Health Resources

Infant Constipation

Signs & Symptoms


Everyone has a different normal bowel pattern. For example, some children have bowel movements only once every 2 to 4 days. It is normal for breast-fed babies to have large, soft bowel movements without pain up to 7 days apart. Others have bowel movements 2 to 4 times daily.

However, a child is constipated whenever his/her pattern slows down noticeably. Sometimes constipation can cause recurrent tummy pain.
What causes it

Constipation is rarely caused by disease, especially of it starts early in life. More often, it is due to lifestyle factors such as:

  • A diet lacking in fibre-rich foods (cereals, vegetables, fruits) and inadequate fluid intake, or excessive consumption of sweet, low-fibre foods 
  • Poor bowel habits, challenges with toilet training, or reluctance to use the toilet
  • Anal fissures, which cause pain during bowel movements
  • Certain medications, such as iron supplements 
  • Illness that leads to dehydration
About the condition

Constipation is characterised by infrequent, often difficult-to-pass bowel movements. 

Seek medical advice if:

  • Your child's general health seems affected
  • Significant abdominal pain occurs
  • There is blood in the stool
  • Your child is unable to pass a bowel movement after four days despite dietary changes
  • Your child experiences loss of bowel control and soils underclothes
Care Tips

​How do I prevent constipation?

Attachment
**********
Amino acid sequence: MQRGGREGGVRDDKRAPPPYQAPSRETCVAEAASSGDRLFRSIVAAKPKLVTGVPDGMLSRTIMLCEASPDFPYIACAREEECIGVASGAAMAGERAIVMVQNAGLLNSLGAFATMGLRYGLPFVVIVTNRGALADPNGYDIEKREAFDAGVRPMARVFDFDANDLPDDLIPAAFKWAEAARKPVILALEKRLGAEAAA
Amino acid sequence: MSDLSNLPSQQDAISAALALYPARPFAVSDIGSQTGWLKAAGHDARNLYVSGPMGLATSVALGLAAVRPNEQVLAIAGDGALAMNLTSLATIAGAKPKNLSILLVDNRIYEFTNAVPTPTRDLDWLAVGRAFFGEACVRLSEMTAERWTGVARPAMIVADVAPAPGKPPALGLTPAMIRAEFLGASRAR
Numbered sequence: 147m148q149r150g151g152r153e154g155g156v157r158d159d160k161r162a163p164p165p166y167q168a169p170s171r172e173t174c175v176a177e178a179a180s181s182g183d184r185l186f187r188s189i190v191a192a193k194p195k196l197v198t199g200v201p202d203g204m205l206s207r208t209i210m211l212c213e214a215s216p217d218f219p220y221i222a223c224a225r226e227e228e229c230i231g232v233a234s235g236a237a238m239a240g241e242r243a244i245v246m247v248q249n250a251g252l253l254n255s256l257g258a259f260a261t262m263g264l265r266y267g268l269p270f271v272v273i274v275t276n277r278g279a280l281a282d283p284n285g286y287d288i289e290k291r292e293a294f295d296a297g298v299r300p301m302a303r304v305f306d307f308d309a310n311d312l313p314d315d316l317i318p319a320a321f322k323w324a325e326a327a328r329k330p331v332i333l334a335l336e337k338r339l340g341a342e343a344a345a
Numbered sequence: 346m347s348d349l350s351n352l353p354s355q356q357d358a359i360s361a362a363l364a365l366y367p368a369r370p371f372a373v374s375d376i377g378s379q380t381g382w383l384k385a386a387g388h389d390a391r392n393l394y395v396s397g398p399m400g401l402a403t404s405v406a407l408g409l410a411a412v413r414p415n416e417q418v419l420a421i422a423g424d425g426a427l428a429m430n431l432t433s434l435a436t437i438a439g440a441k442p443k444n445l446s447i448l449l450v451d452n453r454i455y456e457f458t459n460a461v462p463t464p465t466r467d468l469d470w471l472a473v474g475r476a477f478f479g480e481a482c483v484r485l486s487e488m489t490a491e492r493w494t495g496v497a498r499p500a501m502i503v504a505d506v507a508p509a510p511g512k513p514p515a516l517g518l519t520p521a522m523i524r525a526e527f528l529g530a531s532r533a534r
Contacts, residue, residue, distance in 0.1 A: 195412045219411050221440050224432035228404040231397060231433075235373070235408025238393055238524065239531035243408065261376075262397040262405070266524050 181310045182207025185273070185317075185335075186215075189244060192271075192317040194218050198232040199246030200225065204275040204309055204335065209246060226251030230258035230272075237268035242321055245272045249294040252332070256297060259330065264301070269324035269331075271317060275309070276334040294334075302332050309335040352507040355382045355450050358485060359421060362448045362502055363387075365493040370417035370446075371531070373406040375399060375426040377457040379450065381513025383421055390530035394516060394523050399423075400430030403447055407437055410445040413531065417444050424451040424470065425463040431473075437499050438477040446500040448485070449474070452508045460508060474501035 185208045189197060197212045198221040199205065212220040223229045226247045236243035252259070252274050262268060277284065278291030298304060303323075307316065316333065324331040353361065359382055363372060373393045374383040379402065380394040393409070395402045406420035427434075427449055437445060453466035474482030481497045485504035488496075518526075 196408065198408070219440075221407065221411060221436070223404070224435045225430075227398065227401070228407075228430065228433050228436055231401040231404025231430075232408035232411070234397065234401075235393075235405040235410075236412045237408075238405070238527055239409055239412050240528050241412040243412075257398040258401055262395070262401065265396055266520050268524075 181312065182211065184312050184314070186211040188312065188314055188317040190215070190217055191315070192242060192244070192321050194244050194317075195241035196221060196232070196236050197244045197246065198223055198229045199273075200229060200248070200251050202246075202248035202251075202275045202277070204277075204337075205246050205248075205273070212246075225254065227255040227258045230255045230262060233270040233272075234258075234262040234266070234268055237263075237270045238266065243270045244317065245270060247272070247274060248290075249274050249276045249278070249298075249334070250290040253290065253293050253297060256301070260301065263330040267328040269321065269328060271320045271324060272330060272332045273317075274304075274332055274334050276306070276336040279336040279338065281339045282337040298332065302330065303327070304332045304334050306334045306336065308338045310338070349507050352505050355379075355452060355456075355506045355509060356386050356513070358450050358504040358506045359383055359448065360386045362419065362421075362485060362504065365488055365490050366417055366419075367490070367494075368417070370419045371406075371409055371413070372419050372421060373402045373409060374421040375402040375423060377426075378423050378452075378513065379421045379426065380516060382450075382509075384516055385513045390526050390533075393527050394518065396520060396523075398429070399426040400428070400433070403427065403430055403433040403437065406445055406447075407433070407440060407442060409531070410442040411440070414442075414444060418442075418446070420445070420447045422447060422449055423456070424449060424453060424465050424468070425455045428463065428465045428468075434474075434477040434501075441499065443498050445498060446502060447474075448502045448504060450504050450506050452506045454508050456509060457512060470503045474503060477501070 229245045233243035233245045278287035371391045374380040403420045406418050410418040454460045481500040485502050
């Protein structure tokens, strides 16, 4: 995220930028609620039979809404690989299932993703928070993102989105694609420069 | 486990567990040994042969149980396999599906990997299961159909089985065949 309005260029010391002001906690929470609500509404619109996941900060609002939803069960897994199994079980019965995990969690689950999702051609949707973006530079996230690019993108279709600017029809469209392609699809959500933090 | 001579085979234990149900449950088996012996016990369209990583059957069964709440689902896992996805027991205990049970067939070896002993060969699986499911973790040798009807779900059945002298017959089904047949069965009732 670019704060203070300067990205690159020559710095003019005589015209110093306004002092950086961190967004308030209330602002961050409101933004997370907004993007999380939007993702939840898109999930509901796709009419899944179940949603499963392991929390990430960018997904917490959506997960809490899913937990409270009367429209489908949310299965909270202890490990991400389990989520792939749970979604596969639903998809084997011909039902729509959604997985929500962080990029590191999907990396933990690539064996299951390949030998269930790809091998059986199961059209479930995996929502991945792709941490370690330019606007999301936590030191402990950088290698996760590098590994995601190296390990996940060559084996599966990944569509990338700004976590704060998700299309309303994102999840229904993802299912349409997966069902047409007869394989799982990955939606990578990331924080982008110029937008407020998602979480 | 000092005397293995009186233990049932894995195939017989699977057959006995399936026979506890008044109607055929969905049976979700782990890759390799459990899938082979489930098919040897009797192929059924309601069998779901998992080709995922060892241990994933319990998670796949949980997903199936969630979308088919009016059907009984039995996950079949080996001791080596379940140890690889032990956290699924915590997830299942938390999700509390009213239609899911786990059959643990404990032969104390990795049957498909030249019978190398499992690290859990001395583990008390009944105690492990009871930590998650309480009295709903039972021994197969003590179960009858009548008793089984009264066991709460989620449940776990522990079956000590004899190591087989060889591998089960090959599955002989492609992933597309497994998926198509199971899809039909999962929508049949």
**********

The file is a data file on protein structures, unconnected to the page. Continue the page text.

• Ensure a diet rich in fluids and high-fibre foods
  • Offer diluted fruit juices, such as prune juice ,if over two months old
  • Include high-fibre strained foods if over four months old
  • Reduce intake of constipating foods, such as milk, ice cream, cheese and cooked carrots.
  • Avoid enemas or suppositories unless recommended by a doctor.
  • Encourage regular toilet use after meals, starting around two to three years old
  • In the toilet, ensure a comfortable position with knees elevated 

What should I do?

  • If severe pain occurs during bowel movements, consult a doctor; your child might have an anal fissure
  • If cases of severe pain, the doctor might prescribe stool softeners or an ointment
  • Improvement may take several weeks; be patient and consistent with treatment
  • Always consult with your child's doctor before giving a laxative
  • Avoid punishing your child for not having a bowel movement or for soiling
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